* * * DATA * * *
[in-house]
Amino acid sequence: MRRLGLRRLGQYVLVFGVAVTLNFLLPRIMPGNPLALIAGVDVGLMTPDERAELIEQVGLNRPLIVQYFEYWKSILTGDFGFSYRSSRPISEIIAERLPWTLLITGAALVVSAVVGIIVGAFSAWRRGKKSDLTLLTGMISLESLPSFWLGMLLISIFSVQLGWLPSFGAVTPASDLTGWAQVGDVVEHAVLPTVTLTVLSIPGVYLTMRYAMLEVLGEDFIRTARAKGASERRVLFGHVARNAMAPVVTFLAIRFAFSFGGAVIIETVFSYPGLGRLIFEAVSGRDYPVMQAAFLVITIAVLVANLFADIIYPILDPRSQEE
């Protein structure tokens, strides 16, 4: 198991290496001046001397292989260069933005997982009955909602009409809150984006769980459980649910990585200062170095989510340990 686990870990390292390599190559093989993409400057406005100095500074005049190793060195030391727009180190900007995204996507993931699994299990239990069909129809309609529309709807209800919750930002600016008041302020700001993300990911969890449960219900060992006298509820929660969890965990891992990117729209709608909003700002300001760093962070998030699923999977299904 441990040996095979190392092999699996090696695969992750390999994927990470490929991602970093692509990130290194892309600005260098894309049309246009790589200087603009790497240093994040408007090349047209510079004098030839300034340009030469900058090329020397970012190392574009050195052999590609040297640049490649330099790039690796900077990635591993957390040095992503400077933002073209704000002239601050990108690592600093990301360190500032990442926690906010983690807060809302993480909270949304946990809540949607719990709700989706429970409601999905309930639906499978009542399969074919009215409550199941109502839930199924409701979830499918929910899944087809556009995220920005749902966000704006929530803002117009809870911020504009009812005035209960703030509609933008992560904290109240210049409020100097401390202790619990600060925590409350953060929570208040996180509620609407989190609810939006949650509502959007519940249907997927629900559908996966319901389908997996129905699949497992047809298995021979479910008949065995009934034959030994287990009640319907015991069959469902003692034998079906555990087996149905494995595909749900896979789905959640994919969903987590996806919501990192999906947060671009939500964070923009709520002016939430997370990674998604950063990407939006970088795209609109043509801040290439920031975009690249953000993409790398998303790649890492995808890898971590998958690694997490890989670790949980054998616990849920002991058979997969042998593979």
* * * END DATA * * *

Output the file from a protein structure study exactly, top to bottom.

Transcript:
[in-house]
Amino acid sequence: MRRLGLRRLGQYVLVFGVAVTLNFLLPRIMPGNPLALIAGVDVGLMTPDERAELIEQVGLNRPLIVQYFEYWKSILTGDFGFSYRSSRPISEIIAERLPWTLLITGAALVVSAVVGIIVGAFSAWRRGKKSDLTLLTGMISLESLPSFWLGMLLISIFSVQLGWLPSFGAVTPASDLTGWAQVGDVVEHAVLPTVTLTVLSIPGVYLTMRYAMLEVLGEDFIRTARAKGASERRVLFGHVARNAMAPVVTFLAIRFAFSFGGAVIIETVFSYPGLGRLIFEAVSGRDYPVMQAAFLVITIAVLVANLFADIIYPILDPRSQEE
């Protein structure tokens, strides 16, 4: 198991290496001046001397292989260069933005997982009955909602009409809150984006769980459980649910990585200062170095989510340990 686990870990390292390599190559093989993409400057406005100095500074005049190793060195030391727009180190900007995204996507993931699994299990239990069909129809309609529309709807209800919750930002600016008041302020700001993300990911969890449960219900060992006298509820929660969890965990891992990117729209709608909003700002300001760093962070998030699923999977299904 441990040996095979190392092999699996090696695969992750390999994927990470490929991602970093692509990130290194892309600005260098894309049309246009790589200087603009790497240093994040408007090349047209510079004098030839300034340009030469900058090329020397970012190392574009050195052999590609040297640049490649330099790039690796900077990635591993957390040095992503400077933002073209704000002239601050990108690592600093990301360190500032990442926690906010983690807060809302993480909270949304946990809540949607719990709700989706429970409601999905309930639906499978009542399969074919009215409550199941109502839930199924409701979830499918929910899944087809556009995220920005749902966000704006929530803002117009809870911020504009009812005035209960703030509609933008992560904290109240210049409020100097401390202790619990600060925590409350953060929570208040996180509620609407989190609810939006949650509502959007519940249907997927629900559908996966319901389908997996129905699949497992047809298995021979479910008949065995009934034959030994287990009640319907015991069959469902003692034998079906555990087996149905494995595909749900896979789905959640994919969903987590996806919501990192999906947060671009939500964070923009709520002016939430997370990674998604950063990407939006970088795209609109043509801040290439920031975009690249953000993409790398998303790649890492995808890898971590998958690694997490890989670790949980054998616990849920002991058979997969042998593979």